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These Indian 'Rotis' are popular in Bangladesh


These Indian 'Rotis' are popular in Bangladesh

Suppose you went to try Indian cuisine in a restaurant, ordered Chola-Bhatura but the waiter came with Chanar-Dal and a huge size Luchi. Ordering an expensive dish, that too with an Indian name, but ending up having Chanar-Dal must be frustrating right?

When it comes to bread, India is full of diversification. In many cases, it is impossible to guess from their name whether it is similar to any Bangladeshi food we know. 

So, to avoid such embarrassment in restaurants, it is recommended to know about the varieties.

Bhatura

Although it looks like a large Luchi, its ingredients are completely different. Unlike Luchi or Puri, it is made with yoghurt, ghee and yeast in maida flour.

Luchi vs Puri

In Bangladesh Puri and Luchi are differentiated based on with or without stuffing. In India, their difference is something else. Puri is made with unleavened whole-wheat dough, while Luchi is more popular in Bengal and made with refined flour.

Naan vs Tandoori Roti

Tandoori is made of whole wheat and is cooked in a clay oven at a high temperature. Naan is also cooked in tandoor but while kneading the dough, usually milk is used instead of water, to make it soft.

Parotta vs Paratha

In the menu card of Indian restaurants, can be found in Bangladesh too nowadays, many may confuse Parotta with Porota or Paratha. Parotta is actually one kind of layered flatbread, from Kerala. In terms of layers, it is midway between Laccha Paratha and normal Paratha.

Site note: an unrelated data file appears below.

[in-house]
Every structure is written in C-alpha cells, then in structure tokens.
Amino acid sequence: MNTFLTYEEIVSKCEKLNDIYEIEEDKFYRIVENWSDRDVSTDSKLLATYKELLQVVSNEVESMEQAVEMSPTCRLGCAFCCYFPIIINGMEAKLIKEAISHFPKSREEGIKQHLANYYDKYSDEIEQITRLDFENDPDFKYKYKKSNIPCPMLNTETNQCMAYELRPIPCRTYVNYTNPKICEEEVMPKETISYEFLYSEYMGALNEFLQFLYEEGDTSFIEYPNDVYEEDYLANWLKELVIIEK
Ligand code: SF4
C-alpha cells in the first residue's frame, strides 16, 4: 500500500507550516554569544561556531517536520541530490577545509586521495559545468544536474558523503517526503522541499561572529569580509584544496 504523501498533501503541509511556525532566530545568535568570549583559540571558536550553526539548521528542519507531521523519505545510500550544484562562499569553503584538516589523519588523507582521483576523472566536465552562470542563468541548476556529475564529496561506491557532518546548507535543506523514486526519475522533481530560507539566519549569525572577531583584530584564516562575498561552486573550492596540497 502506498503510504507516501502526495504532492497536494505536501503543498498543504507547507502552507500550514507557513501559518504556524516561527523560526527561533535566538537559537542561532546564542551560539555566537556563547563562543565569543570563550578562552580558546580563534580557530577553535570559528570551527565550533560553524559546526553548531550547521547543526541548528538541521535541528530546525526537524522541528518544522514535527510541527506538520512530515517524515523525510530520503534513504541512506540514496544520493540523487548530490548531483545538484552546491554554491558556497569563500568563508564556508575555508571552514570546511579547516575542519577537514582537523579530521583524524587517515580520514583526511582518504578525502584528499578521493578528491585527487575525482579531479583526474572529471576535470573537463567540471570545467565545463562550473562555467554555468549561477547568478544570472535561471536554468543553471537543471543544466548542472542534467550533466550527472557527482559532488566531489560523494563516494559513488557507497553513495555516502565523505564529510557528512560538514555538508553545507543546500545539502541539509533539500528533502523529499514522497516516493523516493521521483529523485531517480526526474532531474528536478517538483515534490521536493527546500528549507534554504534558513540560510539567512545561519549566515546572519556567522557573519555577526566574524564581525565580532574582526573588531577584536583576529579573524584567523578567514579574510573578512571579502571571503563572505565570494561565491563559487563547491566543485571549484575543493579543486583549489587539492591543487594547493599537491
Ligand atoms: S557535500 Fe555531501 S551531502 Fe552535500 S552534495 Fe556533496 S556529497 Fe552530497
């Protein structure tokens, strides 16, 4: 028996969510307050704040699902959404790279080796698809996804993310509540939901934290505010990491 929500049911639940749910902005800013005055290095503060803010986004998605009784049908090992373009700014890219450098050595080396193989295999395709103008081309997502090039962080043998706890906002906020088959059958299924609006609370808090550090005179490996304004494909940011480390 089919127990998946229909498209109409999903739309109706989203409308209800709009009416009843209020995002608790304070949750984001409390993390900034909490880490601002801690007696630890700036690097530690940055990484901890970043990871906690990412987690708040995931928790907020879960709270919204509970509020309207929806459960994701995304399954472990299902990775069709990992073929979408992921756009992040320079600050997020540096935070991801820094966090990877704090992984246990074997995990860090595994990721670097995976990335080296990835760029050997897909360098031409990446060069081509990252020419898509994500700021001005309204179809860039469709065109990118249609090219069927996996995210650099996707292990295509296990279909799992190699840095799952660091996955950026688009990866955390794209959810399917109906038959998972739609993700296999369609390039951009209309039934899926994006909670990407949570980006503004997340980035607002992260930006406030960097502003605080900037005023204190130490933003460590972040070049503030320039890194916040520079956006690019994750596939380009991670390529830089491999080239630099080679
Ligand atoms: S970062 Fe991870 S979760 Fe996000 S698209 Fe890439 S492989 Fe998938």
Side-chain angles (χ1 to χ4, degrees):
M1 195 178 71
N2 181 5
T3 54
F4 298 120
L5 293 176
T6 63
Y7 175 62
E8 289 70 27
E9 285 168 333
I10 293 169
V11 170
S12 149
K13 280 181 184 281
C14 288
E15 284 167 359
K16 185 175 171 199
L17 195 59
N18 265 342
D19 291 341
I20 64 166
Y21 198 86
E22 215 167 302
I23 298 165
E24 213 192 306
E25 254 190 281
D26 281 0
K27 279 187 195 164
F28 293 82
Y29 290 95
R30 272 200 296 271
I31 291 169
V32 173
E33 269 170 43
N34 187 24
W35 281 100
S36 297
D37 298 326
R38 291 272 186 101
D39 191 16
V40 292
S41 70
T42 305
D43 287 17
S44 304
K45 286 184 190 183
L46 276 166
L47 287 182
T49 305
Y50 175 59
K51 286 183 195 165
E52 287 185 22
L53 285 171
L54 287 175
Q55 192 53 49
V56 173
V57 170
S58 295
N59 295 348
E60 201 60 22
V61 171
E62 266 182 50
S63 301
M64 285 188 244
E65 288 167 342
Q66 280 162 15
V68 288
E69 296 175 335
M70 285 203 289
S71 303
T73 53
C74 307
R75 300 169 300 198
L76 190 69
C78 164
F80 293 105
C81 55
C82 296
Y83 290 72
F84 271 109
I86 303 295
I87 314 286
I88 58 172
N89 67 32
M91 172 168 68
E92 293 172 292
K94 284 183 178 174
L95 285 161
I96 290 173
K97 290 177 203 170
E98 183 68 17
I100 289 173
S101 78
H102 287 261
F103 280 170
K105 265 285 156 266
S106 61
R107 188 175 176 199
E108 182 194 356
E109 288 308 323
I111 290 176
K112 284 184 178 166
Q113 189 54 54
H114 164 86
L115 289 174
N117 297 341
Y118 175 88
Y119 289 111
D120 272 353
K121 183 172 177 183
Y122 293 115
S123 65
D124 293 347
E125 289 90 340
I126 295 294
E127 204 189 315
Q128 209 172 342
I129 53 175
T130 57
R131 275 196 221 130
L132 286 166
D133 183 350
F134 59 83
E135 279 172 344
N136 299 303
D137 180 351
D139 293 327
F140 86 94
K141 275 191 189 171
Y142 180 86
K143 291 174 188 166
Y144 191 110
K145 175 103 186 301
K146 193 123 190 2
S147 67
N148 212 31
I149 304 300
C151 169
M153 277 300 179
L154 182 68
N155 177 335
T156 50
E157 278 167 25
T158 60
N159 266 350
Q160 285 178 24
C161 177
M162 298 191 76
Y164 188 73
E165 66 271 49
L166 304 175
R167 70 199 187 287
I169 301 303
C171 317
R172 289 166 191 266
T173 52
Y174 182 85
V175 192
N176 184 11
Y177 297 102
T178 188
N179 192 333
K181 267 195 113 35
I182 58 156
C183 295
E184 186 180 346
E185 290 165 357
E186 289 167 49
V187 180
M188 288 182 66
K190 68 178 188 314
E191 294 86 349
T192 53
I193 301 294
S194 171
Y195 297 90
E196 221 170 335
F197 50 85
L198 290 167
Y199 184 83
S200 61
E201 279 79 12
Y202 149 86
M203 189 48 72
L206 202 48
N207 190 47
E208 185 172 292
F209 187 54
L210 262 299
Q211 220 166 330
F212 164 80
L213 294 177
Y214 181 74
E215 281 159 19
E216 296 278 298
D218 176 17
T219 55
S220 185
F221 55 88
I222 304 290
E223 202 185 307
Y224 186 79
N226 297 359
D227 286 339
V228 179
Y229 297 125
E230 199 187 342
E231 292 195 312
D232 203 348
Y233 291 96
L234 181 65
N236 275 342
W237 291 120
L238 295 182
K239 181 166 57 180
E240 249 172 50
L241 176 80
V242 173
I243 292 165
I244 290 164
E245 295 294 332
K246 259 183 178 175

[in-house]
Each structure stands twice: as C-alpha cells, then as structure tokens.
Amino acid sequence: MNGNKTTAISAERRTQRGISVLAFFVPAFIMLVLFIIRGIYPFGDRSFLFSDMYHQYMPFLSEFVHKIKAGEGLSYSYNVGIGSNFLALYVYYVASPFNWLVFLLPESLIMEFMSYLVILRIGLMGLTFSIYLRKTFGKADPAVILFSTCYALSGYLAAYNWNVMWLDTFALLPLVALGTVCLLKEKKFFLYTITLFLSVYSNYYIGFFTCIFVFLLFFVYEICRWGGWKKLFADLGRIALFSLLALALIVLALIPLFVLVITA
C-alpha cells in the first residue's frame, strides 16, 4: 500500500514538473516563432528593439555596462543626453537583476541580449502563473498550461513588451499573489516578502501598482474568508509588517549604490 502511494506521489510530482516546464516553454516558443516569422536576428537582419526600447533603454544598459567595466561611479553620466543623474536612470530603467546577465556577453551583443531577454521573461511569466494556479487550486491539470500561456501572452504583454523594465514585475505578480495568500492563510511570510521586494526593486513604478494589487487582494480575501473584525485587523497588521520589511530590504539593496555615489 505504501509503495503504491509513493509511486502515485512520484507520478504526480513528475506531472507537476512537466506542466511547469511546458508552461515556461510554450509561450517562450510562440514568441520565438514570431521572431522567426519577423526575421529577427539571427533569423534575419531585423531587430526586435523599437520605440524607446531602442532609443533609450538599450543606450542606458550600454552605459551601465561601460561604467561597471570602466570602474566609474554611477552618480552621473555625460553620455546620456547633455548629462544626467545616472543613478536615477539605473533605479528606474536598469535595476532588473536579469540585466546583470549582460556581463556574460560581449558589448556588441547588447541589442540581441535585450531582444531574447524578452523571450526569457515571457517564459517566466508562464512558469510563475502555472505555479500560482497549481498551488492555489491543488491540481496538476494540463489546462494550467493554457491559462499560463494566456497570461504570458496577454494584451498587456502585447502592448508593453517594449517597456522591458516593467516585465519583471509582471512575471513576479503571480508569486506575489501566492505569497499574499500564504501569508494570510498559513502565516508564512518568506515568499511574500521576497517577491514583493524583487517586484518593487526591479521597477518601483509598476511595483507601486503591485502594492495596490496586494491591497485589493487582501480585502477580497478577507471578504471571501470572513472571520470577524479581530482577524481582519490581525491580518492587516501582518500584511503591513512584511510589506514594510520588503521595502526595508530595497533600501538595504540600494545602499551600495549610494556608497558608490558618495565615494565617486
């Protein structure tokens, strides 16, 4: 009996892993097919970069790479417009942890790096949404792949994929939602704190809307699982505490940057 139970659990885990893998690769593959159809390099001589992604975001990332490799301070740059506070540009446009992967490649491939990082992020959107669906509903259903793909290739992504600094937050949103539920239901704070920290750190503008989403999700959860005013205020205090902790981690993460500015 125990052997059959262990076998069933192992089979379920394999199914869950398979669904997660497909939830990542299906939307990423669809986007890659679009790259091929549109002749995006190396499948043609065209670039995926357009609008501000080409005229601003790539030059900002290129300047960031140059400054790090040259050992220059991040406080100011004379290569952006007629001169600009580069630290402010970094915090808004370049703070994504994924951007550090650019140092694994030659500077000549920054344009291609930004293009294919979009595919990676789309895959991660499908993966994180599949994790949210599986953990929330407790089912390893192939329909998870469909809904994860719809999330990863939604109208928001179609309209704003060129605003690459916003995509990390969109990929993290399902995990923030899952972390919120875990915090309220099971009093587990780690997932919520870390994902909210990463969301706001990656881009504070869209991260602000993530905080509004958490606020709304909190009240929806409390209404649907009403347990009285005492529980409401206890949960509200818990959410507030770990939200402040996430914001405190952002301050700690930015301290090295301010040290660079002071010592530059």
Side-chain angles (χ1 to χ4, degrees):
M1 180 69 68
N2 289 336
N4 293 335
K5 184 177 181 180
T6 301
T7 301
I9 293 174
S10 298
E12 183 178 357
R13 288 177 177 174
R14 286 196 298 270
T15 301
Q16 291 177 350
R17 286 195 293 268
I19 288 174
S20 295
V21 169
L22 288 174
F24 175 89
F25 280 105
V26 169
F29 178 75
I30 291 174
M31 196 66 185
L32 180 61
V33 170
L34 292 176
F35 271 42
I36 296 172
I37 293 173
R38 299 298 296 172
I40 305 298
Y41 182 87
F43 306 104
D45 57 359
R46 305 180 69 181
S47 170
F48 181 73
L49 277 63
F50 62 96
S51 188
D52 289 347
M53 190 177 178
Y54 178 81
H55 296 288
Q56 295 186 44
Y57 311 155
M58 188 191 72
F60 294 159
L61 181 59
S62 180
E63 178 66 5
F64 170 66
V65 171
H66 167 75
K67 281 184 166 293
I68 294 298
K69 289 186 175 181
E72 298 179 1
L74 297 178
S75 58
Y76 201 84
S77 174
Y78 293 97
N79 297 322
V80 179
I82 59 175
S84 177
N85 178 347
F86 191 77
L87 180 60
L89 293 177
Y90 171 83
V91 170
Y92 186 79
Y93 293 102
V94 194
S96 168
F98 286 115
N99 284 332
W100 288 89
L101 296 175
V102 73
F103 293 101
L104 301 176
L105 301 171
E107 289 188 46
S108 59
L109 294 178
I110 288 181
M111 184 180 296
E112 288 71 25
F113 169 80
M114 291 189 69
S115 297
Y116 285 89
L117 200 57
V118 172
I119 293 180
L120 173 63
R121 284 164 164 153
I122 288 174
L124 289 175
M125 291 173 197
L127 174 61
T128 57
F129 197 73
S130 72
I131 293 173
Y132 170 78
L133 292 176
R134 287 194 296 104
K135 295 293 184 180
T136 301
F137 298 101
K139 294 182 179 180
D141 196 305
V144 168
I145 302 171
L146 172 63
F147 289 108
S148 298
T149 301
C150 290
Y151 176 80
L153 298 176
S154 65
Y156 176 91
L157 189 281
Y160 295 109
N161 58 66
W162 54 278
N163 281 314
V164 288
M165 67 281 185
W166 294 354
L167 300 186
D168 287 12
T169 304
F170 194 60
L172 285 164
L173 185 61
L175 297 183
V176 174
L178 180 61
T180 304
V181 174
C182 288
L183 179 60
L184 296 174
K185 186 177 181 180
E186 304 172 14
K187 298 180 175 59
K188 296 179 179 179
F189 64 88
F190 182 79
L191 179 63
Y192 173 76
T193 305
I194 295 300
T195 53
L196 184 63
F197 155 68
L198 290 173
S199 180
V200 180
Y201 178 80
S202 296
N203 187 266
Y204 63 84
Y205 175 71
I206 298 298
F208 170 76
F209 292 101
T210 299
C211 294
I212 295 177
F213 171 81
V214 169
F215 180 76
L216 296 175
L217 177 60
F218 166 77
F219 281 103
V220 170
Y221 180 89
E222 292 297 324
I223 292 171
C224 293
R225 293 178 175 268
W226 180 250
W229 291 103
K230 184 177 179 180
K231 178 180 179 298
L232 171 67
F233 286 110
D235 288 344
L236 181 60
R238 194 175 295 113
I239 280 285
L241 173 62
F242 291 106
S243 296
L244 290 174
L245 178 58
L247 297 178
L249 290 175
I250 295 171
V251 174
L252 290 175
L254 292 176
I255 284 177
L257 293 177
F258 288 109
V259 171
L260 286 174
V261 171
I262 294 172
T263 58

Laccha Paratha

Laccha paratha is a round paratha that has several layers which are made by applying ghee or butter oil while rolling the dough.

Dosa or Thosai and Appam

Dosa or Thosai is a South-Indian food made with rice and urad dal, which is first soaked then ground and left to ferment overnight. Another South-Indian food Appam looks almost similar to Dosa without the traditional rolling, made with rice and coconut milk butter.

Chapati vs Phulka

The name came from the Hindi word ‘Chapat’ which means ‘slap,’ which gives an idea of just how this flatbread is made. It tastes just like the traditional Bangladeshi whole-wheat flour bread made on Tawa. 

Phulka is another Indian bread commonly mistaken as Chapati as both are made from whole-wheat flour. Phulka is flatter and lighter in weight and swells like a balloon while baked.

Kulcha

Kulcha is a Punjabi variation of naan, which is made with a leavened dough of refined flour, both with or without stuffing and cooked in tandoor.

Baati

Baati is a Rajasthani bread-like preparation, which is round and small, looks like the usual dough ball, before flattening into bread.

Kachori or Kochuri

Kachori or Kochuri is thicker than puri and is stuffed with a variety of ingredients like peas, green peas, onion, potato etc. It is commonly sold in Bangladeshi local restaurants, called keema-puri, dal-puri or aloo-puri.

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